Do men play their role as fathers?
I come from a mind-set where men and women are different. Hence, none is better than the other. Their anatomy is different, their thinking is different, their perceptions are different, their priorities are different, and hence their job descriptions are different too.
In their role as parents, their job is well defined. And I love the description my mother used to give while defining parental roles – dad represents joy and happiness and mom is a necessity. But does that mean that as a primary caregiver of the baby, it’s only the mom’s job to feed the little person and change diapers, since she is the necessity?
The answer to that question is simple – if the mother is a stay-at-home mom and the father is a full-time working dad, then primarily, it does become the responsibility of the mother to look after the children, but dear daddy must pitch in too. Feeding the child and changing diapers must not be thought of as a death sentence, but just something that the father does to help out the mother.
I recently came across a story that got some publicity. Apparently, Ashton Kutcher was heard complaining that there are not enough diaper changing stations in men’s restrooms. Yes, this celebrity dad wants to be a hands-on daddy, help raise his little girl, with mother Mila Kunis, every step of the way.
Mr Kutcher, your intentions are noble, and I do not doubt your sincerity. But if what you say is the truth, that men’s public restrooms are not equipped with a baby changing station, then shame on the US and shame on the fact that this issue was not brought up earlier.
Why has no other father complained about it?
Would you, as a Pakistani father, complain about something like this?
Though I must add here that this news story came as a surprise to me, for a very dear friend of mine living in the US had mentioned to me that, while raising her two children, there was hardly ever a time that she changed the kids’ diapers herself when her family stepped out of the home. She almost always told her husband that the changing stations in the women’s restrooms were occupied. Hence, he must change the diaper since the changing station in the men’s restroom must be available, and he always did. As did another friend’s husband, who happened to be an overworked physician, while she was just a spoilt stay-at-home mom.
On the other hand, I also must relay a story on the opposite spectrum, where a father let his two-year-old wailing and traumatised son sit on the toilet for some 90 minutes and refused to wash him. He waited for the mom to come home and relieve the little boy, which is plain cruel and chauvinistic. Why did this father think that it’s only the mother’s job to wash the little boy? Maybe because the father came from a patriarchal society where the women implied that certain things were not suited to be done by a man?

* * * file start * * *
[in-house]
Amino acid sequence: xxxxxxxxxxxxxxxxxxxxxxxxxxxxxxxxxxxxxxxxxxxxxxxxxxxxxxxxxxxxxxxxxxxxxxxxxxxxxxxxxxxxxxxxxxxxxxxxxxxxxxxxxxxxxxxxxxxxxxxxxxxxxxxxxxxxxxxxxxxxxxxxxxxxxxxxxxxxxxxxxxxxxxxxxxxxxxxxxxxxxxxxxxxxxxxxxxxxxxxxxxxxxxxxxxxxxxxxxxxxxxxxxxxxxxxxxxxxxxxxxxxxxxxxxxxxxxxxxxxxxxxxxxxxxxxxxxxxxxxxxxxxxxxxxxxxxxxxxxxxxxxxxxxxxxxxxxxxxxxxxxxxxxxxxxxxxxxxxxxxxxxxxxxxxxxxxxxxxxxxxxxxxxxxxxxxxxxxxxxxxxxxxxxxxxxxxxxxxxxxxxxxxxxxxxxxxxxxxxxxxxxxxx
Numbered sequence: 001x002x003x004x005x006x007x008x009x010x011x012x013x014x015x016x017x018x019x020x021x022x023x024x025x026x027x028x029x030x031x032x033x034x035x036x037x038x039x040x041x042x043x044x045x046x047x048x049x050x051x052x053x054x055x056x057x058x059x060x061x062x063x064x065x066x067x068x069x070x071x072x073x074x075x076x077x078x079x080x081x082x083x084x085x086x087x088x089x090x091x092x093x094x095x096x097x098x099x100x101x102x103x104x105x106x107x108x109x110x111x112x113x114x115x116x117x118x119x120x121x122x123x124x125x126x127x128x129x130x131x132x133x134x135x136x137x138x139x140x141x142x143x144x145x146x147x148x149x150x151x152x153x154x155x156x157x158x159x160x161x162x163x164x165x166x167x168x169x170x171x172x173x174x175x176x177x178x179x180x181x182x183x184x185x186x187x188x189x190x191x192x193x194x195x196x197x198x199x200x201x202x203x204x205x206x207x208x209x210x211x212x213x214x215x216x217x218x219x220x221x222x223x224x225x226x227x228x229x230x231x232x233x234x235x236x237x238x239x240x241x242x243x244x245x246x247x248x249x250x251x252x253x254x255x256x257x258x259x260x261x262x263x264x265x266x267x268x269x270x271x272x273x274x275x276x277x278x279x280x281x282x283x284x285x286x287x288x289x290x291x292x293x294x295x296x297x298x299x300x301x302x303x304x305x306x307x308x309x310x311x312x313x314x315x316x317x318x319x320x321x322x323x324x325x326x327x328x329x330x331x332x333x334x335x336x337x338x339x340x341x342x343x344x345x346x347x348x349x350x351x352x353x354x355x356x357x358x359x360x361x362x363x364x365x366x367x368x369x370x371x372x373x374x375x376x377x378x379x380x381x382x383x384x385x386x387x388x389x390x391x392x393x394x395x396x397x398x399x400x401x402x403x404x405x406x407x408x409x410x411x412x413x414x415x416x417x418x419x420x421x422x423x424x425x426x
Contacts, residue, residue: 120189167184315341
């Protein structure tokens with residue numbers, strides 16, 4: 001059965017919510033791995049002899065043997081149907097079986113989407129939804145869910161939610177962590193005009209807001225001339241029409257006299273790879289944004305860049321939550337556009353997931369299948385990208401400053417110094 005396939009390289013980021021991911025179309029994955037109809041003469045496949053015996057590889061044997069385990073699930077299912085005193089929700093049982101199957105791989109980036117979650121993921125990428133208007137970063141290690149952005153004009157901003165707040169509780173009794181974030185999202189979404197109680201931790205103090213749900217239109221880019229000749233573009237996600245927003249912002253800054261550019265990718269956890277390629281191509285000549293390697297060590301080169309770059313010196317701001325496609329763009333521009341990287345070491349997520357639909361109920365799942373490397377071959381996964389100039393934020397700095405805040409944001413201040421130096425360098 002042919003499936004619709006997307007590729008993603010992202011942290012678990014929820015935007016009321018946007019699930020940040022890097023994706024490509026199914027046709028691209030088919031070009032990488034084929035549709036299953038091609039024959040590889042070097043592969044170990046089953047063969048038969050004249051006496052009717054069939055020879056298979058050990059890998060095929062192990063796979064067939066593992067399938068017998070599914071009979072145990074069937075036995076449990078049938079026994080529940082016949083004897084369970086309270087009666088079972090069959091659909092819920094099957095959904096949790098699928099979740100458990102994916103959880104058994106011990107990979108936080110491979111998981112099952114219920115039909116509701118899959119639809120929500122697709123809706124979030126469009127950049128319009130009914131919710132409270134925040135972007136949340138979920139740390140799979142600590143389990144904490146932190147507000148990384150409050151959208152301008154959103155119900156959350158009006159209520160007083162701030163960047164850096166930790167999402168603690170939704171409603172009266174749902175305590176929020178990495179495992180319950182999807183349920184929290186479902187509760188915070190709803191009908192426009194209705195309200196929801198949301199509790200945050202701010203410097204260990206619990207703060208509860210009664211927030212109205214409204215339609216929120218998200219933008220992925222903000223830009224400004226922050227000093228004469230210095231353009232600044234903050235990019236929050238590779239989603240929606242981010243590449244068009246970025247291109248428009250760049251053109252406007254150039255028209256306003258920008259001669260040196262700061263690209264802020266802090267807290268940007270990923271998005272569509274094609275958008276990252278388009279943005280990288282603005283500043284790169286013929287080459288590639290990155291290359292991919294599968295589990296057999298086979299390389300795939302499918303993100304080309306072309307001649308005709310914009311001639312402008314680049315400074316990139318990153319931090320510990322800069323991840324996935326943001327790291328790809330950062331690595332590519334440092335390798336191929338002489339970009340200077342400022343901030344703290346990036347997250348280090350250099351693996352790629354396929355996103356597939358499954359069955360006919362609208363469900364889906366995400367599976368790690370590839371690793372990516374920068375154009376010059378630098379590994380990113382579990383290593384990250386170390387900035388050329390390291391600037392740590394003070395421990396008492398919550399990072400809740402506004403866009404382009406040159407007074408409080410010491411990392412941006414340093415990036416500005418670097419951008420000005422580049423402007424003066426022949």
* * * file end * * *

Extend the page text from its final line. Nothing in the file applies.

Yes, this mind-set is extremely repulsive and prevalent in many cultures surrounding us.
I am not a male chauvinist but neither am I a believer of bra burning feminism. Yes, if one parent is hard at work outside, then it is the responsibility of the other parent, at home, to look after the primary needs of the children. However, this does not exempt the working parent from helping out whenever they are home; it must not be slighted if they need downtime to relax and unwind after a hard day. It is a fine balancing act that has to be well-defined and understood by women and men.
My father was a very hands-on dad, very hardworking at his job, but also available to his children. Yes, my mother was the primary caregiver but my father was never lacking on his part too. Hence, I feel that changing diapers and feeding children must not be commands etched in stone. It should not be about whose turn it is to do the needful but more about whichever parent is available and less harried in that particular moment to help the child.
Let me tell you a true story about a gentleman I know. The man in question was a doctor, doing his residency – overworked, underpaid and very abused. His wife was a stay-at-home mom, but she would wake her husband up in the middle of the night when it was his diaper shift – certainly not something I agree with. On the other hand, if the wife is doing the same kind of job as the husband, yes, it would then have been right to divide diaper changing and feeding shifts.
Men must play their role as fathers, and not just by being the primary household earners but also with the everyday tasks that come with being a parent. On the other hand, women must keep reminding them of the same without nagging and overt or passive aggression.
Beware, a baby does not come with a manual, and even if it did, let me assure you that the chapter dealing with diaper changing would have read as follows,
“Both mom and dad must change diapers. You brought this little person into this world, now keep this world and the baby’s butt clean.”
The views expressed by the writer and the reader comments do not necessarily reflect the views and policies of The Express Tribune.